Carmaker Toyota and electronics supplier Foxconn are among companies that have been forced to shut down their operations in China’s Sichuan province because of a heatwave that has prompted a water and electricity supply crisis.
The region has seen record temperatures, higher than any for 60 years, which has resulted in shortage of power supply because drought conditions have impacted hydroelectricity production.
The average maximum temperature in Sichuan during August, the region’s hottest month, is 30°C. However, temperatures reached a high of 40°C on August 15 this year, with temperatures in excess of 35°C set to continue for a week until August 24, when it is set to finally drop.
An initial six-day closure has now been extended to run until August 25, having been set to end on August 22. Drought across the whole of China has seen additional power shortages also beginning to affect Shanghai, where The Bund skyline will not be illuminated for two nights to save energy.
To maintain residential supply, factories in 19 out of 21 cities in Sichuan have been ordered to close, disrupting the supply of semiconductors, lithium and automotive parts. As of August 19 aluminium production had been curtailed by 770,000 megatonnes across the region due to the shutdowns.
Sichuan is a major production and supply centre, and includes vehicle production plants from other OEMs including Geely, Volvo Cars, FAW Volkswagen and Great Wall.
A crucial factor in the crisis is drought, which has already led to closures for freight on the River Rhine in Germany, impacting automotive and vehicle cargo. Sichuan relies on hydroelectricity for over 80% of its power and with rivers running low, production is significantly down. As a consequence of increased demand for power that comes with extreme temperatures (for refrigeration and air conditioning), rationing has been put in place to ensure domestic supply. Household demand for electricity has increased 93.3% during the heatwave.
The two cities excluded from the shutdown order are spared for very different reasons. Panzhihua has a gigantic mining operation, especially for big deposits of vanadium, cobalt and coal. It is a major producer of hydroelectricity and highly industrialised. By contrast, Liangshan Yi has also been excluded because the autonomous region is still extremely remote, made up of mountain villages and has little industry despite an extensive passenger and freight rail network.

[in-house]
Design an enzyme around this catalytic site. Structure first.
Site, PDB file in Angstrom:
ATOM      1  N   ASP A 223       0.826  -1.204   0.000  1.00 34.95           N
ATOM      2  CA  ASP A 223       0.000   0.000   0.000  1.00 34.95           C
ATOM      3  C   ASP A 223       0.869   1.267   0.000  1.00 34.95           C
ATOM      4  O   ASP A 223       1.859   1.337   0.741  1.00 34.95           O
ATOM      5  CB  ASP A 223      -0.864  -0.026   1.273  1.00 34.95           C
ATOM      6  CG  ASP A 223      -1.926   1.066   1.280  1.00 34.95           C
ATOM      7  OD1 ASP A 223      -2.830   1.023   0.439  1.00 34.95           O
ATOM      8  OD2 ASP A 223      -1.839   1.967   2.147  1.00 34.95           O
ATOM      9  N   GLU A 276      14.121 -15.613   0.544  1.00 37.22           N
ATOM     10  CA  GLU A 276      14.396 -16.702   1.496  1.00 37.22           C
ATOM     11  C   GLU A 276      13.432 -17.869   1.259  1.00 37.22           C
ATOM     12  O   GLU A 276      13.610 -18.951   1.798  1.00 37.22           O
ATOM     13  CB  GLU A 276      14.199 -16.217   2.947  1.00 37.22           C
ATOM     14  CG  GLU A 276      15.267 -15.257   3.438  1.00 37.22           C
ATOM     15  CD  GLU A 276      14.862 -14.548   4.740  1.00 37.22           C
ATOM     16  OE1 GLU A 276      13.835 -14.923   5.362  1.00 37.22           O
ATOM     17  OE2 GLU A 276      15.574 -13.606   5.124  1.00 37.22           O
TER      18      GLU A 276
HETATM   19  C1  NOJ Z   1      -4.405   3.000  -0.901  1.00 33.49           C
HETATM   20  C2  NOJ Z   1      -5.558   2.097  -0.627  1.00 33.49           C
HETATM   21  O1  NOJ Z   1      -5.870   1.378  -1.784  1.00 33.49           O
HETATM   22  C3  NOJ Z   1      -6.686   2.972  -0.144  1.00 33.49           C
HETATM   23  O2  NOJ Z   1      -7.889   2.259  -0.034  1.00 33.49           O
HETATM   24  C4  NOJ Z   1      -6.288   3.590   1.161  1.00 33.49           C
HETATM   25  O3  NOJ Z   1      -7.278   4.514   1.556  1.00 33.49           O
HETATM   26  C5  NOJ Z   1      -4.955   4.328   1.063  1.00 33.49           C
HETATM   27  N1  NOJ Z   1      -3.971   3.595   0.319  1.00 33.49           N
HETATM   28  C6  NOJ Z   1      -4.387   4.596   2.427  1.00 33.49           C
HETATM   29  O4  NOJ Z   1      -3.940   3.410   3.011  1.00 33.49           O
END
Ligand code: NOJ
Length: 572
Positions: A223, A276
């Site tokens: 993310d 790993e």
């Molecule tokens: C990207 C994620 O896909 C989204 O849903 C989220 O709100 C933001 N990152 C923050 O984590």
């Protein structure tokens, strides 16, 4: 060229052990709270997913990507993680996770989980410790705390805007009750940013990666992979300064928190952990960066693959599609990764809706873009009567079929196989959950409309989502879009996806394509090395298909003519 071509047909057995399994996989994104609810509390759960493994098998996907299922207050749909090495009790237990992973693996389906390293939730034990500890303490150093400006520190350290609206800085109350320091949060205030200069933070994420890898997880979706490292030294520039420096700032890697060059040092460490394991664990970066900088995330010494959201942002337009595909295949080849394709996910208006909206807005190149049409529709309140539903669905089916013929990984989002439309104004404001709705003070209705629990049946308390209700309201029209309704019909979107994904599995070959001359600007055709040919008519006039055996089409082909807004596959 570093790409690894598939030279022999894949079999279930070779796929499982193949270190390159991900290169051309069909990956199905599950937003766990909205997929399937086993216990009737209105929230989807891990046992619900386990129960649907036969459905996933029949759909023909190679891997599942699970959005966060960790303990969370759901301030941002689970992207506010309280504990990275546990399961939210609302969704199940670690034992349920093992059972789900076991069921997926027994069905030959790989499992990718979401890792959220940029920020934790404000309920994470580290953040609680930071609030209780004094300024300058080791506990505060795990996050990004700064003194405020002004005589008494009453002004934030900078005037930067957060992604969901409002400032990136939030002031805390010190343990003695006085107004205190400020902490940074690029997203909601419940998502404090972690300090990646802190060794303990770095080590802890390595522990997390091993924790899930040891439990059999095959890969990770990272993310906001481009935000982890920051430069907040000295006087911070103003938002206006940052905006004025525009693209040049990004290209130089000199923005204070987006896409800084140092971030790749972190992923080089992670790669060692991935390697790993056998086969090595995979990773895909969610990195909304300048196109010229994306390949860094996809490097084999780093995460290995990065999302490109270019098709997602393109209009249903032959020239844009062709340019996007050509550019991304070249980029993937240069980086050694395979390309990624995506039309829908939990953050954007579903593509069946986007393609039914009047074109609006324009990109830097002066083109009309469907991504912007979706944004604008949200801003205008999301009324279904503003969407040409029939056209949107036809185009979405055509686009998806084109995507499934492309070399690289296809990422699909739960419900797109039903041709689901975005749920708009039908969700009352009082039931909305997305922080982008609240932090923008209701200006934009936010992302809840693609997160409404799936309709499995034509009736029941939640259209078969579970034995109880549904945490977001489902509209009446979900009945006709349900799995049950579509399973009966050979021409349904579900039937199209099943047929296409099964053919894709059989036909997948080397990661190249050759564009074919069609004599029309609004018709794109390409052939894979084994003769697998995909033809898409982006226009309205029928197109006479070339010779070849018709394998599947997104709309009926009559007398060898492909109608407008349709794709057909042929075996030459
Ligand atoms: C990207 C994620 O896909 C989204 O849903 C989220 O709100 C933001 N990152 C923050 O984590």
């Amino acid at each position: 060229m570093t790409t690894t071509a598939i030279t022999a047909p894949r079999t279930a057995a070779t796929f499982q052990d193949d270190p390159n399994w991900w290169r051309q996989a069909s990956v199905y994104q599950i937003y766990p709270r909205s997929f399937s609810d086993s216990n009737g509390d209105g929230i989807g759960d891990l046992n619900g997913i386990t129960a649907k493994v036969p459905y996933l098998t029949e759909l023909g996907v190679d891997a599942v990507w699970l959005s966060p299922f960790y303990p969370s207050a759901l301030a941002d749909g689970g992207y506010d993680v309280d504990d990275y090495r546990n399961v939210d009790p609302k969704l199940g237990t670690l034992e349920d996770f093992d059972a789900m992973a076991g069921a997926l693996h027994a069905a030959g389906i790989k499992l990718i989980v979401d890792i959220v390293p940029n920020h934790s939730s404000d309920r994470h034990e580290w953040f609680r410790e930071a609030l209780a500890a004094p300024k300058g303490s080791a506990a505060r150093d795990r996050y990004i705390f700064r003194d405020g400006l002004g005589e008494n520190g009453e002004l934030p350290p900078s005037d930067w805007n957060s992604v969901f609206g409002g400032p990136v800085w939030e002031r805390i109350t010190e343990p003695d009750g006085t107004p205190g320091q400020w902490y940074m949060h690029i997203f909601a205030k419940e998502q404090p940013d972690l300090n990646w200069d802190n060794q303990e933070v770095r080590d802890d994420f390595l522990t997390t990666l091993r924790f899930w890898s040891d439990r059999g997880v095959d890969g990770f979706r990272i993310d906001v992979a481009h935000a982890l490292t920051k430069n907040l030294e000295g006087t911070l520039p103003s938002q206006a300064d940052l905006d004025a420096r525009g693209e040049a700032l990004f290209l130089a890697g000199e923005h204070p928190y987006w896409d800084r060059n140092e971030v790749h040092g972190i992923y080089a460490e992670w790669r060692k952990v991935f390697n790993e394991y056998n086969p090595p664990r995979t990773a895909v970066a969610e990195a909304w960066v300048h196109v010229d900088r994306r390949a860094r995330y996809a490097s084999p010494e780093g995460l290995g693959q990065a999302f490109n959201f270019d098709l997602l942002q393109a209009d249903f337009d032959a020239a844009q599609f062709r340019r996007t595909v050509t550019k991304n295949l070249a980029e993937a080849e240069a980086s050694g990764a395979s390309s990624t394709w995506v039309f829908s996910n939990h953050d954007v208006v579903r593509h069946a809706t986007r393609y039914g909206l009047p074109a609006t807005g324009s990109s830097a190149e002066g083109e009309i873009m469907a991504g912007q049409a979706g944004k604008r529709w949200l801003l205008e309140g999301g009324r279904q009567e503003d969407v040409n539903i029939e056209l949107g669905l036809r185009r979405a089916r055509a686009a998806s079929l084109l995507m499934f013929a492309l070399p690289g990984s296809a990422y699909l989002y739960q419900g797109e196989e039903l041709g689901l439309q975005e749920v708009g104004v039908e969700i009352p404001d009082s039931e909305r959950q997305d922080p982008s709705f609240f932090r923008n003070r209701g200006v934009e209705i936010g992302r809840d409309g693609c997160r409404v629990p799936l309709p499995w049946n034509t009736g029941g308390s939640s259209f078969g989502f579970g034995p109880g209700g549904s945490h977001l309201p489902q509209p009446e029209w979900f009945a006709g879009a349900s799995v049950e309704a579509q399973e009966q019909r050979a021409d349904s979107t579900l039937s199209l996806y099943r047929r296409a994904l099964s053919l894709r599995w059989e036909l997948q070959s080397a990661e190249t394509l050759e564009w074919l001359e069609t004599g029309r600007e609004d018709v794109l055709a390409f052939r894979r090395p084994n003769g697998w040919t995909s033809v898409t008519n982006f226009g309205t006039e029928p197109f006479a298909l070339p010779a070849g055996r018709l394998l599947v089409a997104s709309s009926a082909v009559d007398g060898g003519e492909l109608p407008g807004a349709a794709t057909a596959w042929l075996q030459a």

Global supply chain impacts
Toyota and Foxconn have confirmed that they have been forced to shut down their Sichuan factories this week. Battery cell manufacturer CATL has also halted production at its Sichuan factory, as reported by Chinese media. All facilities have been ordered shut from Monday 15 August through Saturday 20 after Sichuan authorities said they would cut off electricity supply during the six-day period.
Some companies from the region have been keen to minimise the impact of the shutdown, saying that it will not significantly impact supply. According to Global Times, semiconductor supplier BOE Technology said that it would operate a lower-powered assembly line but continue to run its factory. Volkswagen has also reported minimal disruption.
Despite this assurance that production will continue and some sectors in Sichuan (displays and consumer electronics) having substantial inventories to clear, it is estimated that 50-60% of production will be affected.
That includes an estimated 1,200 tonnes of lithium. Lithium carbonate prices across China have spiked, as a result, as Sichuan is the hub for production in the country. Prices are already extremely high, having increased by 434% in 2021 and doubled again in the last three months.
Chinese automotive sector analysts have suggested the impact on Geely and Great Wall Motors’ plants in Sichuan may be minimal as August is a quiet month for the automotive market. However, coming at the end of a long stint of quiet months (and with more surely set to come) this disruption is further delaying the recovery of production capacity lost during the Covid pandemic shutdowns.
Water shortages to last
Climate change has caused low rainfall across Europe and Asia, as well as high temperatures. The heat means that thermals over land areas do not allow rain to condense and fall, so it instead falls into lower temperature areas over the sea.
This is the reverse of the water cycle’s normal function, where the higher-moisture area of the oceans would evaporate more for water to fall on land and is part of extensive changes expected to happen in the next decades. Nasa’s Grace water monitoring project predicts that by 2025 half the world’s population would live in ‘water-stressed’ areas.